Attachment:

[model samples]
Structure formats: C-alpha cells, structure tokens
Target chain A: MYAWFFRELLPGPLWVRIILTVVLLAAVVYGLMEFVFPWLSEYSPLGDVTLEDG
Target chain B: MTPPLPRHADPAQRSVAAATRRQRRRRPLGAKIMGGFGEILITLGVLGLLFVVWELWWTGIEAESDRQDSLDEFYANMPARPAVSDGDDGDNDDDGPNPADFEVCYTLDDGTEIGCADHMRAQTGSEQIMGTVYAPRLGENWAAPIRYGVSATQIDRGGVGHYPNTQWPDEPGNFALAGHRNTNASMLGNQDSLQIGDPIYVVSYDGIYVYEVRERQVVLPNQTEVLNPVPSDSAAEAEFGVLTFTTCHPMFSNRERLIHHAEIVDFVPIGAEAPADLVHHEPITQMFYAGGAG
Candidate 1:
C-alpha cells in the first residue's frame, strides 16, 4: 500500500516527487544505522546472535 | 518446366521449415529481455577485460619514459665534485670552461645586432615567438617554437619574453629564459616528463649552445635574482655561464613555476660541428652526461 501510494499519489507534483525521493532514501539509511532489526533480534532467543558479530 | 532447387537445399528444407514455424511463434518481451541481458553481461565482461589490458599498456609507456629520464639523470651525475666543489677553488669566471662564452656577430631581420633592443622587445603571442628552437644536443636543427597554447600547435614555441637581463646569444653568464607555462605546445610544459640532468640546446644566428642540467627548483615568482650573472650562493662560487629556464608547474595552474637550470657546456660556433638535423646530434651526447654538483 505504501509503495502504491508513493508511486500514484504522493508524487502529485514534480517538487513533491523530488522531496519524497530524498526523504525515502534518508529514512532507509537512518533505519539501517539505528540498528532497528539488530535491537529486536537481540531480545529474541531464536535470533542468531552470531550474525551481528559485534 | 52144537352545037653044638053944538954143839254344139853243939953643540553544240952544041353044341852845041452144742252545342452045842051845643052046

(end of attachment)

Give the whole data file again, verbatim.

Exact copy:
[model samples]
Structure formats: C-alpha cells, structure tokens
Target chain A: MYAWFFRELLPGPLWVRIILTVVLLAAVVYGLMEFVFPWLSEYSPLGDVTLEDG
Target chain B: MTPPLPRHADPAQRSVAAATRRQRRRRPLGAKIMGGFGEILITLGVLGLLFVVWELWWTGIEAESDRQDSLDEFYANMPARPAVSDGDDGDNDDDGPNPADFEVCYTLDDGTEIGCADHMRAQTGSEQIMGTVYAPRLGENWAAPIRYGVSATQIDRGGVGHYPNTQWPDEPGNFALAGHRNTNASMLGNQDSLQIGDPIYVVSYDGIYVYEVRERQVVLPNQTEVLNPVPSDSAAEAEFGVLTFTTCHPMFSNRERLIHHAEIVDFVPIGAEAPADLVHHEPITQMFYAGGAG
Candidate 1:
C-alpha cells in the first residue's frame, strides 16, 4: 500500500516527487544505522546472535 | 518446366521449415529481455577485460619514459665534485670552461645586432615567438617554437619574453629564459616528463649552445635574482655561464613555476660541428652526461 501510494499519489507534483525521493532514501539509511532489526533480534532467543558479530 | 532447387537445399528444407514455424511463434518481451541481458553481461565482461589490458599498456609507456629520464639523470651525475666543489677553488669566471662564452656577430631581420633592443622587445603571442628552437644536443636543427597554447600547435614555441637581463646569444653568464607555462605546445610544459640532468640546446644566428642540467627548483615568482650573472650562493662560487629556464608547474595552474637550470657546456660556433638535423646530434651526447654538483 505504501509503495502504491508513493508511486500514484504522493508524487502529485514534480517538487513533491523530488522531496519524497530524498526523504525515502534518508529514512532507509537512518533505519539501517539505528540498528532497528539488530535491537529486536537481540531480545529474541531464536535470533542468531552470531550474525551481528559485534 | 52144537352545037653044638053944538954143839254344139853243939953643540553544240952544041353044341852845041452144742252545342452045842051845643052046